The West Virginia Legislature is engaged in a debate over a bill that changes how the state Department of Environmental Protection measures treated discharges into the state’s waterways.
The bill adopts the harmonic mean criteria for calculating the rate of stream flow in determining permit limits for discharges. Harmonic mean represents average stream flow rather than the current measurement based on the lowest seven-day waterway flow over a 10-year period.
The bill also allows for overlapping mixing zones, the points where discharges mix with the water and become diluted. Those permits would only be allowed with the approval of the DEP with Environmental Protection Agency review.
The West Virginia Manufacturer’s Association is pushing the bill, arguing the current permit requirements are too stringent. President Rebecca McPhail argues the adjustments would bring West Virginia closer to surrounding states and create more manufacturing job possibilities.
Environmentalists and other opponents are mounting a passionate opposition, arguing the changes will mean more pollution and endanger the state’s water supply.
They are correct that using the harmonic mean does allow the DEP to permit higher levels of discharge. However, it’s important to point out the EPA has recommended the DEP use harmonic mean flow “as the critical design flow for both carcinogens and non-carcinogens.”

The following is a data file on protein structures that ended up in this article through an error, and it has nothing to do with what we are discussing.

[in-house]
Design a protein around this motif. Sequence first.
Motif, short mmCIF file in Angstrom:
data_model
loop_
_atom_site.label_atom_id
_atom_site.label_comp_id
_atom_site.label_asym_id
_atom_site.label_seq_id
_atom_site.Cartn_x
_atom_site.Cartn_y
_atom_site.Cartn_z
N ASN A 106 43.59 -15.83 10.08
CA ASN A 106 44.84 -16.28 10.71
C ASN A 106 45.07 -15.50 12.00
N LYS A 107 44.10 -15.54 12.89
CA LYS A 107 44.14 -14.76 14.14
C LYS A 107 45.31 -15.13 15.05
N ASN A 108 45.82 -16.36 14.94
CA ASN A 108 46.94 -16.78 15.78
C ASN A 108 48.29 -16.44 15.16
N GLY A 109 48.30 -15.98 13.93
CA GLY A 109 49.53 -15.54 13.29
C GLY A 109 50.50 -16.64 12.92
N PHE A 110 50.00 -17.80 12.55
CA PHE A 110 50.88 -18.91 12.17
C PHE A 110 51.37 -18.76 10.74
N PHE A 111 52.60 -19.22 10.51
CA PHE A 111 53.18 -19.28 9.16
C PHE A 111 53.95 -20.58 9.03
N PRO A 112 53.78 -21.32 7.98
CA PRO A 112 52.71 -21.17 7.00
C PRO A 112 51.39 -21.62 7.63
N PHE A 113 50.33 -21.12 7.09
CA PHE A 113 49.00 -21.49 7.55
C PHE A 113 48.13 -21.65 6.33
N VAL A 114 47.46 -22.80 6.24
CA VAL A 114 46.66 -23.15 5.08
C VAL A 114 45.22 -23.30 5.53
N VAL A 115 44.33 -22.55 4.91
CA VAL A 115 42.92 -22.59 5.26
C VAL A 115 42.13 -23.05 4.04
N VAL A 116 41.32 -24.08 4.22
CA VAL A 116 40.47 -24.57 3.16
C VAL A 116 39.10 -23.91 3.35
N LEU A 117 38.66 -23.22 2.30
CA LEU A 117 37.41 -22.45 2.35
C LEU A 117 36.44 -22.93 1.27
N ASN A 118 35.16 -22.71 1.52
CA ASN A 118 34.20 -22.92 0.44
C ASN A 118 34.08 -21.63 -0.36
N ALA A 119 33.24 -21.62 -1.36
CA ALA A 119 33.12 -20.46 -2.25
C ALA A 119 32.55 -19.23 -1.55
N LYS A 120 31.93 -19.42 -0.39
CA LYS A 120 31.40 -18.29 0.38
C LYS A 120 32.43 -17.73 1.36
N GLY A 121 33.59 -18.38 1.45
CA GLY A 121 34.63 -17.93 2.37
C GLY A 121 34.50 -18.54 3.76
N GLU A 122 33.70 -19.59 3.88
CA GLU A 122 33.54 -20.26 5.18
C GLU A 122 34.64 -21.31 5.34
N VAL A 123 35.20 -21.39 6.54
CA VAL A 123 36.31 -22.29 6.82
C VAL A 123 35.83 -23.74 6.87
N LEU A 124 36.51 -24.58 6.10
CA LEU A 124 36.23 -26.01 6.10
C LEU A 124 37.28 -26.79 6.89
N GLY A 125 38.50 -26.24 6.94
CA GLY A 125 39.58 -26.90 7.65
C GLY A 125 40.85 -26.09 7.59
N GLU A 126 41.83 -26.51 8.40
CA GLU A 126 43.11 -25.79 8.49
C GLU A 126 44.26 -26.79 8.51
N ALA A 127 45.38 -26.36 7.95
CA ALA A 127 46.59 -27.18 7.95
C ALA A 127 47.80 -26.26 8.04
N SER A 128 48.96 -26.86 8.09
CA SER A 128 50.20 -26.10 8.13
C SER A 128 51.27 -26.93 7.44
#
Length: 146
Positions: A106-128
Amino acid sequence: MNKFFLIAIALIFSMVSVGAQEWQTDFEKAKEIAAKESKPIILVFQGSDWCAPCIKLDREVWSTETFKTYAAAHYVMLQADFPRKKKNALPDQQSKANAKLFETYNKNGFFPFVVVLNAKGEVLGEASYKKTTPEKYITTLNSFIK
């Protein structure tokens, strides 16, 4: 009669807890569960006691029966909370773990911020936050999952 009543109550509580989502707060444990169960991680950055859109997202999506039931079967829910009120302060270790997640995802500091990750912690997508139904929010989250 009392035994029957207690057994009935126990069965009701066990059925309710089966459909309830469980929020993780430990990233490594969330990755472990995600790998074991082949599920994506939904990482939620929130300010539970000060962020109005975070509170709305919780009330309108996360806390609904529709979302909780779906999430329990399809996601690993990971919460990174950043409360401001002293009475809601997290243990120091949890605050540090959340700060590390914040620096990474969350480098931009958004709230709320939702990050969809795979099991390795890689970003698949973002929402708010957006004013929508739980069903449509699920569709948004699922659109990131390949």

Additionally, using the alternative measuring criteria does not weaken the overall water quality standards for the individual bodies of water.
“No matter how many permitees exist on a particular body of water, that water quality standard still provides a cap on what the water quality standard must be,” explained bill supporter Delegate Roger Hanshaw, R-Clay, during floor debate last week.
That is a critical point, especially when some opponents try to fuel hysteria with the clean water versus polluted water argument. One lawmaker even suggested the bill made West Virginians guinea pigs, when in fact the harmonic mean is commonly used in neighboring states.
The DEP backs the bill. Scott Mandirola, the agency’s deputy secretary, told the Senate Finance Committee last week, “Scientifically, it makes perfect sense.” He also reiterated what often gets lost in the debate. “It doesn’t change the water quality standards per se. It changes how we calculate the discharge limits for those pollutants.”
The West Virginia Municipal Water Quality Association, which represents public water, sewer and storm water utilities statewide, has signed off on the bill. “We believe HB 2506 is fully protective of our members’ water systems and the public we serve,” said general counsel Paul Calamita in a letter to the Manufacturer’s Association.
Naturally West Virginians should be protective of our water. It’s been a long, hard slog cleaning up our rivers and streams following years of abuse, and the state still has a serious issue with human waste making its way into our waterways.
Nobody wants to see us return to the bad old days, but that’s not what HB 2506 is about.
It’s a reasonable adjustment that maintains the balance between protecting the environment and permitting business to operate here.
Hoppy Kercheval is host of Talkline, broadcast statewide by the MetroNews Radio Network from 10 a.m. to noon weekdays. Listen locally on WCHS 580 AM.